Three Straight Years of Record Results for Arburg
Arburg marked a third straight year of record turnover with growing contributions from Asia, as well as its newer large-tonnage and all-electric machine offerings.
Gerhard Böhm, managing director sales for Arburg GmbH & Co. KG (Lossburg, Germany; Arburg Inc., Rocky Hill, Conn.), used Chinaplas 2017 (May 16-19; Guangzhou) to share results from the company’s most recently completed fiscal year, which saw it generate consolidated revenue of Euro 630 million ($706 million).
Böhm said that the share of total sales garnered from all-electric machines had grown to 27%, rising since the launch of its Golden Electric machine series in the spring of 2016. Like the previously launched Golden hydraulic series, the Golden Electric features more standardized components as a means to lower its price point and create an “entry level” all-electric molding machine.
Hybrid machines’ share of sales also grew, reaching 16%, as did machines with clamp forces above 2500 kN (250 tons), with those now accounting for 24% of sales and “steadily increasing in recent years”, according to Böhm. The company’s interest in larger tonnage presses was on display at K 2016. There, Arburg introduced an all new machine and size—the Allrounder 1120 H—its largest press to date with 650-metric-tons of clamp force.
So-called turnkey solutions, or machines equipped with automation and other technologies, accounted for 17% of sales. Böhm said the interest in robotics paired with presses extended to Chinaplas, where all its exhibits were automated.
25 Years in China
Starting in Hong Kong in 1992, 2017 marks 25 years of a presence in China for Arburg, which opened further subisidiaries in Shanghai in 2004 and Shenzhen in 2006. Both those locations have 200-m2 (more than 2000-ft2) showrooms that can accommodate up to seven Allrounders. Arburg also established a 1500-m2 (more than 16,000-ft2) warehouse in Shanghai that it says helps significantly reduce delivery times for presses.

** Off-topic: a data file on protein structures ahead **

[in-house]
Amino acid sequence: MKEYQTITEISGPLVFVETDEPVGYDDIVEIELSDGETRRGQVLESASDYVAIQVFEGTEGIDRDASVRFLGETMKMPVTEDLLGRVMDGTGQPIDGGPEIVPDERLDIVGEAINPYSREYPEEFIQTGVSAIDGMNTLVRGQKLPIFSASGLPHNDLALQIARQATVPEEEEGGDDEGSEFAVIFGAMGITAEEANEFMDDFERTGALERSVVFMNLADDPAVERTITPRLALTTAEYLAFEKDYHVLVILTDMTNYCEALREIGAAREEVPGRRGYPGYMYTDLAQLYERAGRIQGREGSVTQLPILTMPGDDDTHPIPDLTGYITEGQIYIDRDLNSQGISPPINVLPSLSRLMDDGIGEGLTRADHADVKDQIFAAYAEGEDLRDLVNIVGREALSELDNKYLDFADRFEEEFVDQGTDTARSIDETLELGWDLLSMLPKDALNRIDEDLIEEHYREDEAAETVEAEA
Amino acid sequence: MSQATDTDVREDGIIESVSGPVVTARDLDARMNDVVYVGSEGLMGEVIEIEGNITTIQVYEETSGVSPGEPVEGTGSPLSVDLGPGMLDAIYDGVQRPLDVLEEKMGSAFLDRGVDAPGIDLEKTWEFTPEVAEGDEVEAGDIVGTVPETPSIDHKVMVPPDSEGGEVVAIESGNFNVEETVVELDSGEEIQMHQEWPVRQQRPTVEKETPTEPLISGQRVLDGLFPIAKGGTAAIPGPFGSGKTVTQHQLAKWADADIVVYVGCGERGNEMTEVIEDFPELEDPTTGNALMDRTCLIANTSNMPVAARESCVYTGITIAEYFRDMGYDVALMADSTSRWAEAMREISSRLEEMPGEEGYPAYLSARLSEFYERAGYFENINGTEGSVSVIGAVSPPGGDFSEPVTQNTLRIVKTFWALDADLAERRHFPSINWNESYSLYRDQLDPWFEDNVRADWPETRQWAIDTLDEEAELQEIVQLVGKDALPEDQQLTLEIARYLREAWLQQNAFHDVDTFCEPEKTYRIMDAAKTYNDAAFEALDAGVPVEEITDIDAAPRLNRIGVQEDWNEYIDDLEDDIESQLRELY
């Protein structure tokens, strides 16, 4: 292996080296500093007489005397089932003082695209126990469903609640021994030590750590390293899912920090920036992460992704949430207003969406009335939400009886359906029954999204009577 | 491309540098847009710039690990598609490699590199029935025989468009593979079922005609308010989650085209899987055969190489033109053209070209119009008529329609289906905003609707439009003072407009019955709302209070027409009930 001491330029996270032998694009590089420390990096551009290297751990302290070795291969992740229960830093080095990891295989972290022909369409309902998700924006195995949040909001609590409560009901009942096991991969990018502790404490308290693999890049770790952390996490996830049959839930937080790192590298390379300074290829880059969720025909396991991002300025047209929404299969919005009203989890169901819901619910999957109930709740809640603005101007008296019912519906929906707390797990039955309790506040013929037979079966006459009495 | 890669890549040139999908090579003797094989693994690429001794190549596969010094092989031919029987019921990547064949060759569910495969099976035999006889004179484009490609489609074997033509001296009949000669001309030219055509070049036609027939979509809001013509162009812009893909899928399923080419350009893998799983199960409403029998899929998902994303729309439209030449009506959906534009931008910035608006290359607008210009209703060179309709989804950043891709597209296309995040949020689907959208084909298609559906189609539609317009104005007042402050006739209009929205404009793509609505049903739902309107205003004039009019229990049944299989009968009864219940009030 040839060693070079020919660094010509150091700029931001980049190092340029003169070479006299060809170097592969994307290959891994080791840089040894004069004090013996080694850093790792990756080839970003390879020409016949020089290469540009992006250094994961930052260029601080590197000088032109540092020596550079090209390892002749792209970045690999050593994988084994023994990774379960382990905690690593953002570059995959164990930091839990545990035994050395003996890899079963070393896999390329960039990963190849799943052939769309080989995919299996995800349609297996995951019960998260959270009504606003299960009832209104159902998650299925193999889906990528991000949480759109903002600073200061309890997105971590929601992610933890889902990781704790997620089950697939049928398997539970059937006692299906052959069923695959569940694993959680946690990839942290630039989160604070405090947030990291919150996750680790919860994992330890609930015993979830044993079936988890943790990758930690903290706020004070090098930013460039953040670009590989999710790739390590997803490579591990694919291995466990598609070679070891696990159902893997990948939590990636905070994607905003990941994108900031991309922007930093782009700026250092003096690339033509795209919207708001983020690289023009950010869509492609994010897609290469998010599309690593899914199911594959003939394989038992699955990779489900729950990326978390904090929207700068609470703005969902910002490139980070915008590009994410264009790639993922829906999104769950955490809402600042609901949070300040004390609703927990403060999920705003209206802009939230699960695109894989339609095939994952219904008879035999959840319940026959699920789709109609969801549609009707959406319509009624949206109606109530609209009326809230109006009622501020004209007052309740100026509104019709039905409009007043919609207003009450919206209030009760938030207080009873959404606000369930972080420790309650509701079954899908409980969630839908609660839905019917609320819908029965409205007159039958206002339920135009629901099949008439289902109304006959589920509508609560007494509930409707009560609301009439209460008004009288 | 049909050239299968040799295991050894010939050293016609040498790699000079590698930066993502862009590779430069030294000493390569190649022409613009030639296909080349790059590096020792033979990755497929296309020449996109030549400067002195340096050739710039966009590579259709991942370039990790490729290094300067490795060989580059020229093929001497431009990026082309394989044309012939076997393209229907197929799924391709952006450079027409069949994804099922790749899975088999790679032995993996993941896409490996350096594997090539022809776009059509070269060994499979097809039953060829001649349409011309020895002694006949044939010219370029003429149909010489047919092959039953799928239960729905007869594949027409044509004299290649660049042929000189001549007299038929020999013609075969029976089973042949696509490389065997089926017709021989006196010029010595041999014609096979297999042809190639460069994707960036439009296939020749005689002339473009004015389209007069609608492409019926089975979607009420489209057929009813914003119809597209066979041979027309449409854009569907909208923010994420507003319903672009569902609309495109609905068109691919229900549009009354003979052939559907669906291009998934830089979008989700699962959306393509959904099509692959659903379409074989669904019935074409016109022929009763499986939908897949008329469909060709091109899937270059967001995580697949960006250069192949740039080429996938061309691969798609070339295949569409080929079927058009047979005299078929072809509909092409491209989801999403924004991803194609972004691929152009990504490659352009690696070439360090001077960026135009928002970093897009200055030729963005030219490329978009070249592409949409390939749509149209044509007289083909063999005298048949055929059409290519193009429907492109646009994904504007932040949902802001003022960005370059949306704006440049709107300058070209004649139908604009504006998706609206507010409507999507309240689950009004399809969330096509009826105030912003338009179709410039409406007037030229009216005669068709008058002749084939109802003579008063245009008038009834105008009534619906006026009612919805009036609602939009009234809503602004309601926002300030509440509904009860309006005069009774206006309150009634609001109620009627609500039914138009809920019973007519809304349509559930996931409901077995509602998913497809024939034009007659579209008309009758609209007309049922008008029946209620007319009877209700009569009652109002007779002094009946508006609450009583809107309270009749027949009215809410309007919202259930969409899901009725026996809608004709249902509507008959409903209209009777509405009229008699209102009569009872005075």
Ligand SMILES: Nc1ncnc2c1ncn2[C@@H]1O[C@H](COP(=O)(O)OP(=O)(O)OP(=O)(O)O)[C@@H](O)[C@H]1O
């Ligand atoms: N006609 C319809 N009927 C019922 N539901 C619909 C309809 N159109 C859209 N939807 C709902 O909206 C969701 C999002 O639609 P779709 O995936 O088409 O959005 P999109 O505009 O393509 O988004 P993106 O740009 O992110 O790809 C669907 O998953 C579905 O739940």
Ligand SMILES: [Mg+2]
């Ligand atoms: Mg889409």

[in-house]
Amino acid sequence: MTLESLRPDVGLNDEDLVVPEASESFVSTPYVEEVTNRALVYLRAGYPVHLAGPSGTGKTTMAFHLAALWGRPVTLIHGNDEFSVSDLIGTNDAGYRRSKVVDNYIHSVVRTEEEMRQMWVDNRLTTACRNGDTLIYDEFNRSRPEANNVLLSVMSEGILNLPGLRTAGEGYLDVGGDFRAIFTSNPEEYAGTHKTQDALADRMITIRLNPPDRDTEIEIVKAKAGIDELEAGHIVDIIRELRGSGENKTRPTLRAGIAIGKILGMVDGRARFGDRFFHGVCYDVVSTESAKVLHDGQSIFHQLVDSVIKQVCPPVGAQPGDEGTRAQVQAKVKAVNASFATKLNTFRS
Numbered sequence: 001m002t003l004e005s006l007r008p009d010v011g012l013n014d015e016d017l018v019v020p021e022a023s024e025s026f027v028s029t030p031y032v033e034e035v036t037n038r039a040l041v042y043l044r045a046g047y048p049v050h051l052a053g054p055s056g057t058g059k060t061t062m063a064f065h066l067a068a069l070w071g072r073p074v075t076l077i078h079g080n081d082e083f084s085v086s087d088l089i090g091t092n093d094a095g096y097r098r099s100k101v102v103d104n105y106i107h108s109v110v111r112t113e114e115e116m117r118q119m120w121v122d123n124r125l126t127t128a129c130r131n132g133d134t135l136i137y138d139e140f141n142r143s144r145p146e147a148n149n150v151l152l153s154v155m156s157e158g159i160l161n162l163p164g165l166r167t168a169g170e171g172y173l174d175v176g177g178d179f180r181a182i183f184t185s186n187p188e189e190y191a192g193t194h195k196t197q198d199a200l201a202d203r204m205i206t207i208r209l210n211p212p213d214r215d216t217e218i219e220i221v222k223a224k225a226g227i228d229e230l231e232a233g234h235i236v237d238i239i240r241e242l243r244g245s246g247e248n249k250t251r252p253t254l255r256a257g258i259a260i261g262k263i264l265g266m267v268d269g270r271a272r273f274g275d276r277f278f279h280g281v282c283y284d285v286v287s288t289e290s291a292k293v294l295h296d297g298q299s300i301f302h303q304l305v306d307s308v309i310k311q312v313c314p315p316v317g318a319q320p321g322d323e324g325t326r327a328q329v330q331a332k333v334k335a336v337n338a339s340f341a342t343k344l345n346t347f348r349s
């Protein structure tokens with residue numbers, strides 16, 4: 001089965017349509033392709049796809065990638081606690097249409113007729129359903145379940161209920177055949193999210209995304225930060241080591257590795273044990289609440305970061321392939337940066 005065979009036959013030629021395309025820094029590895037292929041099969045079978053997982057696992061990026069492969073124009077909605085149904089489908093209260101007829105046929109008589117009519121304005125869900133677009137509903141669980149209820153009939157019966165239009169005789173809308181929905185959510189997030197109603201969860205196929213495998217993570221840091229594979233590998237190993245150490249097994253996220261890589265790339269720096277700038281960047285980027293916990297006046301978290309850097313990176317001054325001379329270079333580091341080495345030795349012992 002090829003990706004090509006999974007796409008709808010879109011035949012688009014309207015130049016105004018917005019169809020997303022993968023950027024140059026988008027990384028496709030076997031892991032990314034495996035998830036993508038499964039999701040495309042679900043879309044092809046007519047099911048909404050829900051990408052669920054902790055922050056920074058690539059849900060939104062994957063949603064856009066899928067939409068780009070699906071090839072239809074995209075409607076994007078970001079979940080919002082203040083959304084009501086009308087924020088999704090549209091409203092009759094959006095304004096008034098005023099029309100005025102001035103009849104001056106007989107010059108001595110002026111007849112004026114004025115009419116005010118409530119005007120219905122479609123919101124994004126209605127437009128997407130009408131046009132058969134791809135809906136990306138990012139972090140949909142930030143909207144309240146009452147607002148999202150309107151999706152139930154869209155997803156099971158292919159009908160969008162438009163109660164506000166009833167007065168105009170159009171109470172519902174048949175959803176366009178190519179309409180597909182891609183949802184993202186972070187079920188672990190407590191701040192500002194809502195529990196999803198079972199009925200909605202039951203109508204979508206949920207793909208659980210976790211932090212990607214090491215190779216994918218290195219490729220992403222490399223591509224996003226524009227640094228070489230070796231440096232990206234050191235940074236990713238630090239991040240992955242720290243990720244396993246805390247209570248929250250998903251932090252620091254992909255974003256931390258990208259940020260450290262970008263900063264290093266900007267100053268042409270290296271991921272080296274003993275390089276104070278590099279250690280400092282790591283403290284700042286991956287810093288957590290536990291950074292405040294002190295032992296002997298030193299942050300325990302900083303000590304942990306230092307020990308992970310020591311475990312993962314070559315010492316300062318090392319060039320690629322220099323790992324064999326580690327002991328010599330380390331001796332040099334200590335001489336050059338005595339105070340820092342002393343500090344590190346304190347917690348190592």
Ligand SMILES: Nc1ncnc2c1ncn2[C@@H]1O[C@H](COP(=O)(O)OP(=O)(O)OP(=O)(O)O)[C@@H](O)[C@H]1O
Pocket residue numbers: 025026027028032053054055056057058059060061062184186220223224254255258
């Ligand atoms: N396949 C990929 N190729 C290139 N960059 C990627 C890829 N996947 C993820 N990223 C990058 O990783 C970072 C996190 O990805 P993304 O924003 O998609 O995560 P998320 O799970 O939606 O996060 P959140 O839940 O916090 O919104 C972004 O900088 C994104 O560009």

Arburg has installed service technicians and sales along the entire “plastic belt” of the Pacific coast, as well as in country’s center around Chengdu. The company added that 30% of employees in China are in service and after sales.
Zhao Tong, president of Arburg’s Chinese operation, said that Arburg will mark its silver anniversary with special events on July 7 in Shanghai and September 22nd in Shenzhen. In addition, machines bought in China will come with a “special service package”. Tong discussed a shift in Arburg’s local customer base over the last quarter century.
“In the early years, [Arburg] worked with globally operating large-scale companies, but this has changed significantly,” Tong said. “We are delighted that more local injection molding companies take advantage of our machines.”
High-End Machines for High-End Parts
Despite the introduction of its more economical Golden series machines to the market, Arburg is still offering a premium press to a market with a reputation for seeking the lowest cost equipment. “In every market you have certain challenges,” Tong said. “The Chinese market is quite price sensitive, and we come from Germany; we belong to the high end, but today we’re also quite well accepted by Chinese customers.”
Böhm elaborated further. “China is price sensitive, but not for 100% of parts,” Böhm said. “You have the same situation you face all over the world; if you need a high-end part, you need a high-end machine.”
Böhm, Tong and Andrea Carta, Arburg’s director of overseas sales, all see growth in the need to product high-end parts. “We see the trend that the Chinese market has more and more increased demand in high-end production,” Tong said, adding that China’s government-lead Made in China 2025 push will only increase the growth of technical molding. “Made in China 2025 requires more precision in production and more efficiency.”
“We don’t see a slow down in plastics,” Carta said. “We do see a shift from low-value to high-value molding; manufacturers here want to upgrade their technology.” Carta added that the last two years have been the best two years in Arburg’s history in China, and that 2017 has already started ahead of 2016’s pace.
Developments in materials have helped pave the way for processors to make ‘real world’ parts from what is collectively known as 3D printing. Here’s a comprehensive review of the materials available.
Big Area Additive Manufacturing, or BAAM, is attracting entrepreneurs and machinery developers.
With advances in additive polymers, it may be time to consider moving a traditionally manufactured part to 3D printing.